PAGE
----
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Radiation may bring to mind the superheroes and monsters of comic books and movies, but radiation is very real and all around us! In fact, you are currently being bombarded by radiation. It might be coming from the sun, various electronic devices you own, or even the food in your kitchen. If you have ever eaten a banana, you have eaten a radioactive material. The good news is that the vast majority of radiation you are exposed to is relatively harmless.
Whether or not radiation can harm you depends on the type of radiation, the dosage you come in contact with, and the length of the exposure. Here we'll go over the different types of radiation, their causes, uses to us, and dangers. Before we get started, you need to know what exactly radiation is in general. Radiation can be defined as the transmission of energy from a body in the form of waves or particles. This can encompass anything from dangerous radiation created by a nuclear power plant to the harmless light created by a flashlight.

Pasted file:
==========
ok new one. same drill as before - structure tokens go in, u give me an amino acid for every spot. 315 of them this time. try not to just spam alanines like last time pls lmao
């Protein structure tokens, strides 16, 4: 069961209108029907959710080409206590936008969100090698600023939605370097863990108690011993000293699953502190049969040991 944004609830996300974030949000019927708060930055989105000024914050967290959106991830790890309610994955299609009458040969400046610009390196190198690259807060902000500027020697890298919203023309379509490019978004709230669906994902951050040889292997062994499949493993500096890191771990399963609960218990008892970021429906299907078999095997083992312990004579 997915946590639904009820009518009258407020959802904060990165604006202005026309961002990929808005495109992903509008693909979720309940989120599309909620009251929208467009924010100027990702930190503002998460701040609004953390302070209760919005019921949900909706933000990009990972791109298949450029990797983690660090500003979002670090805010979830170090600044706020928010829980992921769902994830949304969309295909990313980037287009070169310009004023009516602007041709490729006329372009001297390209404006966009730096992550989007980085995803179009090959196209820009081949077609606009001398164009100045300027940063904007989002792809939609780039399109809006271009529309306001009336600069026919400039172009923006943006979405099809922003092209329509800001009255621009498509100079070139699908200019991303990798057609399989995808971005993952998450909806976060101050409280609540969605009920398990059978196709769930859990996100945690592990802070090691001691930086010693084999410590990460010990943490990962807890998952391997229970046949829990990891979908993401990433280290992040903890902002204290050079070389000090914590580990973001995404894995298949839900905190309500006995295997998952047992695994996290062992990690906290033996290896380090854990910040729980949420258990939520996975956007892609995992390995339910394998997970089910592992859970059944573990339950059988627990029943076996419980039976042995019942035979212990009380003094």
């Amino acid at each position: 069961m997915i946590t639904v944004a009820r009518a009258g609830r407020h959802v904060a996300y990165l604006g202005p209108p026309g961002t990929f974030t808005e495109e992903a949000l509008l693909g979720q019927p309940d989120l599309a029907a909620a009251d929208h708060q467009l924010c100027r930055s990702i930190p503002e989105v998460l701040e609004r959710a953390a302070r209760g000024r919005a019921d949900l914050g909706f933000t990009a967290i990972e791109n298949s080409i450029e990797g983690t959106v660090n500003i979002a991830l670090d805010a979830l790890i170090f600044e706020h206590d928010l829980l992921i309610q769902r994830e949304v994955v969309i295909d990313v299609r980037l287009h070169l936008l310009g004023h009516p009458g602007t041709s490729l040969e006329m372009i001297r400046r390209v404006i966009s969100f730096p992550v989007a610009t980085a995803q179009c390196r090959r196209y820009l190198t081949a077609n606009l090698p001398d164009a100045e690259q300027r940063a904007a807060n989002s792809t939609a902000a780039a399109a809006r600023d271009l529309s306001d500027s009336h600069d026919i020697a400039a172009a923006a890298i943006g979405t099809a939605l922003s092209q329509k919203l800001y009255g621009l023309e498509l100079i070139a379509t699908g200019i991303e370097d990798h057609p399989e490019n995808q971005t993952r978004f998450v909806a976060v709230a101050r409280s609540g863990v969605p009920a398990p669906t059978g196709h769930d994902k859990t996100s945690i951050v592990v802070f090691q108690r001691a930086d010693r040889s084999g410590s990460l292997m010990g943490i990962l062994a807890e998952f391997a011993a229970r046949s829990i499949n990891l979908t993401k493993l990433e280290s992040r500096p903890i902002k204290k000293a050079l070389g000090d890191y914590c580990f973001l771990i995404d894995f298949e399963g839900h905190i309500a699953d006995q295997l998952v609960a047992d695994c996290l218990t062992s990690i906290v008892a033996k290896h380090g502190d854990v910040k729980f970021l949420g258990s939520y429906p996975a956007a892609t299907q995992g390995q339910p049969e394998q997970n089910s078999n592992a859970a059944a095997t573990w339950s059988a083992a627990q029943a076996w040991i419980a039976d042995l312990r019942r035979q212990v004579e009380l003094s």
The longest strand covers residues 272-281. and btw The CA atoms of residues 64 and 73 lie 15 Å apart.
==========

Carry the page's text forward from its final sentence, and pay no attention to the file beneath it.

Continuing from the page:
Ionizing and Non-Ionizing Radiation
Before we go any further, let's cover some basic terms. Ionization is the process in which an atom either loses or gains an electron. Since electrons are negatively charged, this process will take an atom, which normally has no charge, and give it either a positive or negative charge depending on whether it lost or gained electrons. An atom that has a charge to it is called an ion.
So the difference between ionizing radiation and non-ionizing radiation is that ionizing radiation has enough energy to strip electrons off of atoms, and non-ionizing radiation does not have enough energy to strip electrons off of atoms. One of the easiest ways to visualize the difference between these two is to look at the frequency spectrum for light. As the frequency goes up, so does energy, so we can see the energy cut off for light where it goes from non-ionizing to ionizing radiation is within the ultraviolet light spectrum.
High-energy electromagnetic waves (x-rays, gamma rays)
Particles (alpha particles, beta particles, neutrons)